Continuing from our last post:
But there was, and still is to some extent, one thing missing: scale. Though dolls for the doll’s house are generally to scale they are not identical. As humans vary in shape and size, within limits, so do dolls for the doll’s house.
Though we try to miniaturise each garment to be a true to life miniature of the original, there is no one size fits all answer. The thickness of the yarn, size of the needles and number of stitches largely determines the size of the garment.
Small changes at the miniature level are large changes in full size. For example, the width of a jumper, which measures 1½- inches/4 cm at miniature size is a 36-inch/90 cm chest at full size. But 2-inches/5 cm at the miniature level is a 48-inch/120 cm chest at full size.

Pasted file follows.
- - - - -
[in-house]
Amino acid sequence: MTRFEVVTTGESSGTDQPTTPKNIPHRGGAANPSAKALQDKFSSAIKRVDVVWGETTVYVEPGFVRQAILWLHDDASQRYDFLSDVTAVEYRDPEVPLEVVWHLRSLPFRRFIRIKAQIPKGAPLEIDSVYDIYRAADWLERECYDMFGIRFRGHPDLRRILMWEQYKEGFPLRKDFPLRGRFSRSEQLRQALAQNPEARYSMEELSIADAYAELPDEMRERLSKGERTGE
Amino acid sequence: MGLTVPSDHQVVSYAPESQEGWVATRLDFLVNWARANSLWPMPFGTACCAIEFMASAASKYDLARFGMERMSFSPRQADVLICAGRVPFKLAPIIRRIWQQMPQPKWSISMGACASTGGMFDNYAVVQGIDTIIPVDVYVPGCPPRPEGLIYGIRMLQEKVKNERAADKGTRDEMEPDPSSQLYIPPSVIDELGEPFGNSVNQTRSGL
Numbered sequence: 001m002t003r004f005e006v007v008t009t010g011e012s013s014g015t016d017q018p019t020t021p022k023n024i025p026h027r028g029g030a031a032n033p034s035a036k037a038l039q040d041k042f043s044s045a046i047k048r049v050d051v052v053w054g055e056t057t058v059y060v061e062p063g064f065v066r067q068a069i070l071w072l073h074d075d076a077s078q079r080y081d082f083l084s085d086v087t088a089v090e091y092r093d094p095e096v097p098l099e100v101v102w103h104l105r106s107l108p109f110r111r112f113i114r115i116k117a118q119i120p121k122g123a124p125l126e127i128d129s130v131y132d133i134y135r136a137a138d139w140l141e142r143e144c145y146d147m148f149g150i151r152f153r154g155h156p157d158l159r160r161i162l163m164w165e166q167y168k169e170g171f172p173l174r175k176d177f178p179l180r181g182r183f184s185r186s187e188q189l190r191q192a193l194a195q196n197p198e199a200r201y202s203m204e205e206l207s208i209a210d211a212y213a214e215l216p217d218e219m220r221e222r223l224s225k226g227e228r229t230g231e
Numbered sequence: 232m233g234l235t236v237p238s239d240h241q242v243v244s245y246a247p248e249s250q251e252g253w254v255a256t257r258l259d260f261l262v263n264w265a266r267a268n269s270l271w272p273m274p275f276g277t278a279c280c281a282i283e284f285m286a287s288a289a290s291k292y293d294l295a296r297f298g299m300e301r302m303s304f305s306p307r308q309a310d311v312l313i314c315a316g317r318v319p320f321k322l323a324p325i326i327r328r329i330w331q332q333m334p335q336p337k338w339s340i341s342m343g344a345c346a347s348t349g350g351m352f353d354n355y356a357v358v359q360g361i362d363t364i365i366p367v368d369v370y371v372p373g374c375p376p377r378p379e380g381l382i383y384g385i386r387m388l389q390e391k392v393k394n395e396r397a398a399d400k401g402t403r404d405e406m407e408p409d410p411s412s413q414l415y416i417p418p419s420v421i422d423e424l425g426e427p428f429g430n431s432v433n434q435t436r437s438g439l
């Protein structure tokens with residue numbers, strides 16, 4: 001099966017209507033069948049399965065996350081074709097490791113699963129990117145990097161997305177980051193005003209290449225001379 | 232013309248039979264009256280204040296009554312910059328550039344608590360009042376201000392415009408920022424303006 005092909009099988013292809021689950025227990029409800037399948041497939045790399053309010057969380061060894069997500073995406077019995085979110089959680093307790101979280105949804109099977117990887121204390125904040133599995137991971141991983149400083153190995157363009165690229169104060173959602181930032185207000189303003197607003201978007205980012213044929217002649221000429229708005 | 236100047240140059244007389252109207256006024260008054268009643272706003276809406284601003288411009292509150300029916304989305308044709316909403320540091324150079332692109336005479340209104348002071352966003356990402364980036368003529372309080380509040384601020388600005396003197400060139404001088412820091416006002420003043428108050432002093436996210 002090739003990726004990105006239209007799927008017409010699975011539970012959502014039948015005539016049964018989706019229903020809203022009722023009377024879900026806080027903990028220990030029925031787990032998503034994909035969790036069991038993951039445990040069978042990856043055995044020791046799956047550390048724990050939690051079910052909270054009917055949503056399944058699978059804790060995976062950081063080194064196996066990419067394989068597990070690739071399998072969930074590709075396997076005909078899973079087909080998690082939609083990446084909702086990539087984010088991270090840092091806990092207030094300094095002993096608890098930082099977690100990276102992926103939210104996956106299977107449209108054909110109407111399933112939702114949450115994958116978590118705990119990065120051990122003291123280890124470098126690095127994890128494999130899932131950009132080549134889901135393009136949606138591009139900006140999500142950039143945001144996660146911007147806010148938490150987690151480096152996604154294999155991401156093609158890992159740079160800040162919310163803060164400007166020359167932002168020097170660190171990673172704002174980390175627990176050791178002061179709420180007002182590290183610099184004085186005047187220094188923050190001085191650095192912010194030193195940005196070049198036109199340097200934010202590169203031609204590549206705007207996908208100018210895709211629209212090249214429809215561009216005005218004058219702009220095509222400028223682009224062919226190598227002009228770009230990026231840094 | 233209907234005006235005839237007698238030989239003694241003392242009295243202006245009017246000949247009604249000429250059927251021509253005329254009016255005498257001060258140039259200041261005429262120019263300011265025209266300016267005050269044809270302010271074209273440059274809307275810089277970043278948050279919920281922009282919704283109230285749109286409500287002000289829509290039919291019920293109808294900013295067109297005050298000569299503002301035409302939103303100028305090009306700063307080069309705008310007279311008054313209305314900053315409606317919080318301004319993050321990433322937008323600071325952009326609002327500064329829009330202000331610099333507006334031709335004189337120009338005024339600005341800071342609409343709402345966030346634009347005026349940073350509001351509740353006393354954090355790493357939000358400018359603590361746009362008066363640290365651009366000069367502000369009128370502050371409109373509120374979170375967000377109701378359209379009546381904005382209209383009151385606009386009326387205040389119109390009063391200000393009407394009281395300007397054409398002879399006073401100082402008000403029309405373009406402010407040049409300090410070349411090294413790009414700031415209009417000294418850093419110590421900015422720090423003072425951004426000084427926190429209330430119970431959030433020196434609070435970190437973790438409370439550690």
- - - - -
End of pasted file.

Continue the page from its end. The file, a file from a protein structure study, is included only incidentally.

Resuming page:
The same is true of length. Here the shape of the doll is important. Consider a play fashion doll such as Barbie for example. Fashion designs that were originally sketched were made to show off their garments on a tall, slender model, which subsequently became the fashion doll. These dolls (albeit at 1:6th scale) are designed to accentuate the leg length, which is disproportionate (even if you are a supermodel!) to the body. Equally, the waist is extremely small. So even if fashion dolls were manufactured in 1:12th scale, our patterns would not fit properly due to shape of the doll.
Equally, in theory, if one of our patterns is knitted on large enough needles with thick enough yarn, you could reverse the miniaturisation process and reproduce the full size garment to fit a human.